The success of the Mississippi Health Access Collaborative (MHAC) in south Mississippi can’t be measured simply by the number of health insurance enrollees through the federal government’s Affordable Care Act – though the program met its goal with 2,000 over three years.
Much of MHAC’s good work goes unnoticed: About 70 percent of that work has been resolving consumer issues with accounts, taxes, and other insurance eligibility questions, says MHAC project director Kathryn Rehner. She says the grant-funded program also helps those who are eligible sign up for Medicaid or CHIP (Children’s Health Insurance Program) coverage.
In total, the program has helped more than 38,000 south Mississippians navigate the complexities of the federal health insurance marketplace.
Unfortunately, those services to the state’s 24 southernmost counties will officially end Sept. 12 when its three-year federal funding runs out.
Hopes to extend the program were dashed with the decision by the Trump administration, announced July 9, to cut nearly 75 percent of the funding for ACA “navigator” programs like MHAC. That reduction, from $36 million to $10 million, comes nearly two years after a decrease from $63 million.
“My view is that these cuts are further attacks on the Affordable Care Act, which has been a despised object from the beginning of this administration,” says Southern Miss School of Social Work professor Michael Forster, a co-Principal Investigator who helped apply for and manage the grant. “Failing to kill ‘Obamacare’ outright through repeal legislation, the administration set a course of bleeding it out; as the saying goes, it’s ‘death by a thousand small cuts.’ ”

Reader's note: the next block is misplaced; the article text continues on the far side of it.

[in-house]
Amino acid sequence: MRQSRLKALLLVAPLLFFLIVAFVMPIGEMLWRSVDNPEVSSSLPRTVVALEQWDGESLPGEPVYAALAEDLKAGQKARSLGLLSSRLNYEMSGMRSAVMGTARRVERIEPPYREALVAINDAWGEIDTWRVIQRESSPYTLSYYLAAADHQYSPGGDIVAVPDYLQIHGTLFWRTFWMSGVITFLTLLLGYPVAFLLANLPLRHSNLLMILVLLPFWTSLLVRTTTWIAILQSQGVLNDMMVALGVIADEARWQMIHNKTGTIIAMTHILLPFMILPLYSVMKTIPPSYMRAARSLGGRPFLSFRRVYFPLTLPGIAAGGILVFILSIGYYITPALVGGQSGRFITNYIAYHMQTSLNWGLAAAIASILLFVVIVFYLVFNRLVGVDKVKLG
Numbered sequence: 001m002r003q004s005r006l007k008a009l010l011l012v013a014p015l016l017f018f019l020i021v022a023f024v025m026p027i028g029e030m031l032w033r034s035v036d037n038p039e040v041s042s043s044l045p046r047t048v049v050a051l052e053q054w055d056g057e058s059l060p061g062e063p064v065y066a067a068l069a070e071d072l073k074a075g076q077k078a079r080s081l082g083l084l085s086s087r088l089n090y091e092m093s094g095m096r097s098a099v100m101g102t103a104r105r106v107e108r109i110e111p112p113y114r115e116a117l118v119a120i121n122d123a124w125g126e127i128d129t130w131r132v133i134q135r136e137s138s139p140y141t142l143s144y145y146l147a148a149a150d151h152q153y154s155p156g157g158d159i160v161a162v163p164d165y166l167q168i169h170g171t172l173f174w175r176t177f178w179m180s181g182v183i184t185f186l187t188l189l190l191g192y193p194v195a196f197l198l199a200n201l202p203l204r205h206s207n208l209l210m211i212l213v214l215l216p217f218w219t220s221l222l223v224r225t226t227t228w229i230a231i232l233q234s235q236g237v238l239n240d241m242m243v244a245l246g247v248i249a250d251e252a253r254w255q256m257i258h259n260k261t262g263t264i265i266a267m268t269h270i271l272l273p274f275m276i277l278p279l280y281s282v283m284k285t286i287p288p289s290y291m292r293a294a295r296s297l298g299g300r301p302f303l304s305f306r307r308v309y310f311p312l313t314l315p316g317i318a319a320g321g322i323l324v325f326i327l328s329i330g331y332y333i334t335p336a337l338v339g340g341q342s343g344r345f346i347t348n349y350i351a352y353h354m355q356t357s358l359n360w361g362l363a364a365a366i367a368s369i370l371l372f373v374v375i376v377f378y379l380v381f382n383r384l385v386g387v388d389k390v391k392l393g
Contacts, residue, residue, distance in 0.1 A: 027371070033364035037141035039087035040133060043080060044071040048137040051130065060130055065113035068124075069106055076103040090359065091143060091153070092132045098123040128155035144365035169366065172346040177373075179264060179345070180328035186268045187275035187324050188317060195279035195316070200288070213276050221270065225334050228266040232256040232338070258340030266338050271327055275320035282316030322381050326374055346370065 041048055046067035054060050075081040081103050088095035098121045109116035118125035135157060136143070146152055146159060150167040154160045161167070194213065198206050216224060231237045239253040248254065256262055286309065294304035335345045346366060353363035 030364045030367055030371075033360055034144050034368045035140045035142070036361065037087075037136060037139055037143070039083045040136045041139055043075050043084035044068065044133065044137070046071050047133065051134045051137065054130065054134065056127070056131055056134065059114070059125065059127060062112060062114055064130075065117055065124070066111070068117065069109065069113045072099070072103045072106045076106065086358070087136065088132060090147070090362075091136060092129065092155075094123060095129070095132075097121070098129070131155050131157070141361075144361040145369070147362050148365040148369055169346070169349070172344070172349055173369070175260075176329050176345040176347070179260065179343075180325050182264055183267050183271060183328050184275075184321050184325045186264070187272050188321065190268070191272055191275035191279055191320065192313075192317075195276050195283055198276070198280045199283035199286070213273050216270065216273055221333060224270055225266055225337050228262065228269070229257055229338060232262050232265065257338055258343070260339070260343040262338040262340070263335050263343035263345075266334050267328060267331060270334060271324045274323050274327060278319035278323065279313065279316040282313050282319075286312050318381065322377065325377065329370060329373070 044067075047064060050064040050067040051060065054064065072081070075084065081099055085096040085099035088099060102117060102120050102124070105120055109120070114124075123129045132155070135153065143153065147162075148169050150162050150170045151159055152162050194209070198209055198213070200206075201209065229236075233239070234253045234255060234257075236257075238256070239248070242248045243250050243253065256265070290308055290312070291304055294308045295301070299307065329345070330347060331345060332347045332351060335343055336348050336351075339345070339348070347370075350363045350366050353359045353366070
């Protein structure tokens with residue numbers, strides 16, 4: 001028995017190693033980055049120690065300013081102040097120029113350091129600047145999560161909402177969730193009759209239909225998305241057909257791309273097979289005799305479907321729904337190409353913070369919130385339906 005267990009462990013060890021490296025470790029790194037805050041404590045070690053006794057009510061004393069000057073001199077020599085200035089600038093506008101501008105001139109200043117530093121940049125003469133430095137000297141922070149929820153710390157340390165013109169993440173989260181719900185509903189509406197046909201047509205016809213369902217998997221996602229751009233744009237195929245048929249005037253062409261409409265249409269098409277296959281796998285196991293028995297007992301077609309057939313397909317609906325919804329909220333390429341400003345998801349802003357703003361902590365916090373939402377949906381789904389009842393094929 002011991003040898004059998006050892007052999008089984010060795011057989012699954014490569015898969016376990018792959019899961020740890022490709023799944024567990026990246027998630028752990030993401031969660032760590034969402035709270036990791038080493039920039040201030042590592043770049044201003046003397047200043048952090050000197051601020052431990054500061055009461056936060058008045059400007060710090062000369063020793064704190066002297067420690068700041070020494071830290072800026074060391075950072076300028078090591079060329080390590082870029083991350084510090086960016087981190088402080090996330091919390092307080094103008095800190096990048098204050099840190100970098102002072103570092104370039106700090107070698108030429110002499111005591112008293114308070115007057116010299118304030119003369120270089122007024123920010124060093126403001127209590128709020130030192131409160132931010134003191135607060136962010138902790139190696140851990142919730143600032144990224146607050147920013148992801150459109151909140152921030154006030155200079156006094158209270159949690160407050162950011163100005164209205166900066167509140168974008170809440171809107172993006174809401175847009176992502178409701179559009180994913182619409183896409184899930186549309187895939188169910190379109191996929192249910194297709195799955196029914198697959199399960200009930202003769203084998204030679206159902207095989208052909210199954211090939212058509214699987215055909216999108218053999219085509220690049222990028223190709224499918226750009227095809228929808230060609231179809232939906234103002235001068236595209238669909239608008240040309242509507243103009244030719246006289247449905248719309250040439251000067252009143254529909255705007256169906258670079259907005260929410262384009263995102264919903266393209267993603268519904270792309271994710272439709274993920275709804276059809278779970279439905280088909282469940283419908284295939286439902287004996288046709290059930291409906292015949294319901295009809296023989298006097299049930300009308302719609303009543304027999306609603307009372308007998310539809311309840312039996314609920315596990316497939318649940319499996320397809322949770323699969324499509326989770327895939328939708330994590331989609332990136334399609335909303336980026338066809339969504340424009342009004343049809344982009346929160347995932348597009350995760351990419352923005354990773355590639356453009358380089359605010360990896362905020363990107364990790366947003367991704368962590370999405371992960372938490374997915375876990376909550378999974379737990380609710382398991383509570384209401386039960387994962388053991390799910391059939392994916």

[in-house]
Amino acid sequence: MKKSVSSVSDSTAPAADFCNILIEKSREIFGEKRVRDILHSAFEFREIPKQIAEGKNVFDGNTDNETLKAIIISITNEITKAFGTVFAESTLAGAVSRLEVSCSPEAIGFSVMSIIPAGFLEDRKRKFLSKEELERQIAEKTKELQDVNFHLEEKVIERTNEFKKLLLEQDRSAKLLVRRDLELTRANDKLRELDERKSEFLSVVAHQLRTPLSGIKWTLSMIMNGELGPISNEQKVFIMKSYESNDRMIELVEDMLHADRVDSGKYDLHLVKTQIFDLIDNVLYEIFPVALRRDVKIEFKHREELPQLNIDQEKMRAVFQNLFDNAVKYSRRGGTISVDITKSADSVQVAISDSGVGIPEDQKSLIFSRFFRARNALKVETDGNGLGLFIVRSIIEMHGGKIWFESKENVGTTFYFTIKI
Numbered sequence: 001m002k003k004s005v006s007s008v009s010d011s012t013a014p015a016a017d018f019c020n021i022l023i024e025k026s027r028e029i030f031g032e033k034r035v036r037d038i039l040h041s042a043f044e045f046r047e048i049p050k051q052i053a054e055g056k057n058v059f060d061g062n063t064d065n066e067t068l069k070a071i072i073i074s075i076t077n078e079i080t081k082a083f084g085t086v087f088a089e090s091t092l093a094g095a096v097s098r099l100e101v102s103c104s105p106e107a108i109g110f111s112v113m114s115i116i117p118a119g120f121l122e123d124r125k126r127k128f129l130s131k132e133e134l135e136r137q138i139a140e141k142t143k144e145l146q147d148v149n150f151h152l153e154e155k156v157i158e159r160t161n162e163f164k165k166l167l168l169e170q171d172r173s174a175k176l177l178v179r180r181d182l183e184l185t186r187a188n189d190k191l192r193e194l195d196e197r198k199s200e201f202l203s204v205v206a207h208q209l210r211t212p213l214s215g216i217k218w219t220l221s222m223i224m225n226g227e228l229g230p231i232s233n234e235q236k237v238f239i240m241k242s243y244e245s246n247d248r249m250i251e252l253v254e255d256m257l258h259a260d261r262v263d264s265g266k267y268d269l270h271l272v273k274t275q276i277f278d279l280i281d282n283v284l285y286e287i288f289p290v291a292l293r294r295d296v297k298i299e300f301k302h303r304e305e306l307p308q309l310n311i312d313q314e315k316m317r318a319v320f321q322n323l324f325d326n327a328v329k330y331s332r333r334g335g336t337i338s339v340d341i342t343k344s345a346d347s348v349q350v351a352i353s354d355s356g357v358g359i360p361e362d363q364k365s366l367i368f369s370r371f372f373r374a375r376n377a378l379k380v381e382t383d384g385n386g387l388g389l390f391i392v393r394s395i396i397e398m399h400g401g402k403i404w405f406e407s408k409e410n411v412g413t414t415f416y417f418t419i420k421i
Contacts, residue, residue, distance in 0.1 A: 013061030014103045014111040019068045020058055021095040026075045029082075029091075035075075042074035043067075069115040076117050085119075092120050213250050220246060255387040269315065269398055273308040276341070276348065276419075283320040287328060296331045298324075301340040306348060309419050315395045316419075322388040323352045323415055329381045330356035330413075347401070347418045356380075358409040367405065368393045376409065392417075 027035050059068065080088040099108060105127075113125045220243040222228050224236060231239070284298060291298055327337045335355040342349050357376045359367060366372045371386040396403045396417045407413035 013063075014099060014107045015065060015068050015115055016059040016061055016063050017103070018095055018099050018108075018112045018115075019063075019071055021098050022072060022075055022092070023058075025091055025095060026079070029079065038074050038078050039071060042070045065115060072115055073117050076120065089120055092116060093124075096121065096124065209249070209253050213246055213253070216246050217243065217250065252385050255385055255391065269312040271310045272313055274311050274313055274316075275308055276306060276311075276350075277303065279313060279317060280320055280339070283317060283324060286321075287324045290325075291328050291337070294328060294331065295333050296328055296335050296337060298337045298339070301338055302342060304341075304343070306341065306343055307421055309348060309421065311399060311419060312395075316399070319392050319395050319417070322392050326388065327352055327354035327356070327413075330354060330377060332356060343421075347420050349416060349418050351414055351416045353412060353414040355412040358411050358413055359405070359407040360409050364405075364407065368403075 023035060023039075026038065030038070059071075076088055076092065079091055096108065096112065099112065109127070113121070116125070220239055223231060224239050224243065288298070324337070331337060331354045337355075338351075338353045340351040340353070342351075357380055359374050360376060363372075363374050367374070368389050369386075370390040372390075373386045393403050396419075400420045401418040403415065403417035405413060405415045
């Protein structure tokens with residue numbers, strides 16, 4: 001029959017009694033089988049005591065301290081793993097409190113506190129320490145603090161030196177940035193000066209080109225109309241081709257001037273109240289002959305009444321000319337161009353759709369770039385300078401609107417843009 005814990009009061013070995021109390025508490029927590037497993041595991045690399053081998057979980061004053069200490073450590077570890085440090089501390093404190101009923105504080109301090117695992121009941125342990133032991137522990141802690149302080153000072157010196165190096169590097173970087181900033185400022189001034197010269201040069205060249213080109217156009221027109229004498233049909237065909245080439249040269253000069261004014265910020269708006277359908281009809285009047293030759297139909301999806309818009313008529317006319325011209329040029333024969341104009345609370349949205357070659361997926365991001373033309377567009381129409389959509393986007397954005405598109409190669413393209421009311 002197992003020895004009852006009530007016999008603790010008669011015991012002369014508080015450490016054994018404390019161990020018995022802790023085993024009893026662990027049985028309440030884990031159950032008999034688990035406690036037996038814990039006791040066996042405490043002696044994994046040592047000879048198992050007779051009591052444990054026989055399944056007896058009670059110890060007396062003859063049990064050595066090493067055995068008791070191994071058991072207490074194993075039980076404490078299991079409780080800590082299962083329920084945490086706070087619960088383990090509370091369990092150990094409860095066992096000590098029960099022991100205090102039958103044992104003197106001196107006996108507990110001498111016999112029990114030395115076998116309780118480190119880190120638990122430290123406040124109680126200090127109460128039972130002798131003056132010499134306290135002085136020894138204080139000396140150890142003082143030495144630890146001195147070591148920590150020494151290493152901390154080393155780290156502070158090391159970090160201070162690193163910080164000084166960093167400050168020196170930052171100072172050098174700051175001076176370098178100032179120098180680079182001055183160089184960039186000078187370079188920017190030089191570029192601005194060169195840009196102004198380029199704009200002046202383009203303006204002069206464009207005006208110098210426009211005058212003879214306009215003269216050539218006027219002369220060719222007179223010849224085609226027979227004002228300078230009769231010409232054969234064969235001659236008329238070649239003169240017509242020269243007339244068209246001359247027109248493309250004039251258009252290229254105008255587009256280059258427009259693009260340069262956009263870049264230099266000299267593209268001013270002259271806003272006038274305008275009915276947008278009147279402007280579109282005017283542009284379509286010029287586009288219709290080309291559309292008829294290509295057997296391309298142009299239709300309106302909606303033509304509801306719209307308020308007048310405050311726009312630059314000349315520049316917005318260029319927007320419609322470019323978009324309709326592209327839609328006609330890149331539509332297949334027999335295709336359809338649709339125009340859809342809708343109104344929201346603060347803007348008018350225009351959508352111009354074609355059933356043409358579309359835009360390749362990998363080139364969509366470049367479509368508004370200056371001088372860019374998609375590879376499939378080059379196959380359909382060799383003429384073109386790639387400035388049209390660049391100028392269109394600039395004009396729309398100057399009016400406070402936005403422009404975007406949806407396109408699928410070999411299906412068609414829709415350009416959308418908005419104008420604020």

With only $100,000 in guaranteed funding per state after the latest cut and the possibility of splitting that money with a second navigator program in Mississippi, Forster says the project team decided not to apply for another year.
“We’ve always met our goals, which is a great testament to what we’re doing here,” Rehner says. “We’re a mediator between people and this big healthcare system that is complicated and difficult to access.
“We can’t track how many actually call the marketplace or sign up on their own after they talk to us. They may start the application and want to take it home to finish. So a lot enroll themselves in a plan.
“When critics say navigators are responsible only for one percent of the enrolled population, they are only looking at people who completed and enrolled in the plan based on a navigator ID number. There’s no good way to measure the impact we have in the way they’re tracking it.”
Mississippi and 33 other states that did not support expanded Medicaid coverage wound up in 2015 with navigator programs to assist the uninsured in enrolling through a federally managed health insurance marketplace.
The problem for many Mississippians – as many as 300,000 – is that they are not eligible for any kind of federally subsidized insurance program; these “working poor” make too much money to be eligible for Medicaid and yet not enough to pay for insurance through the marketplace.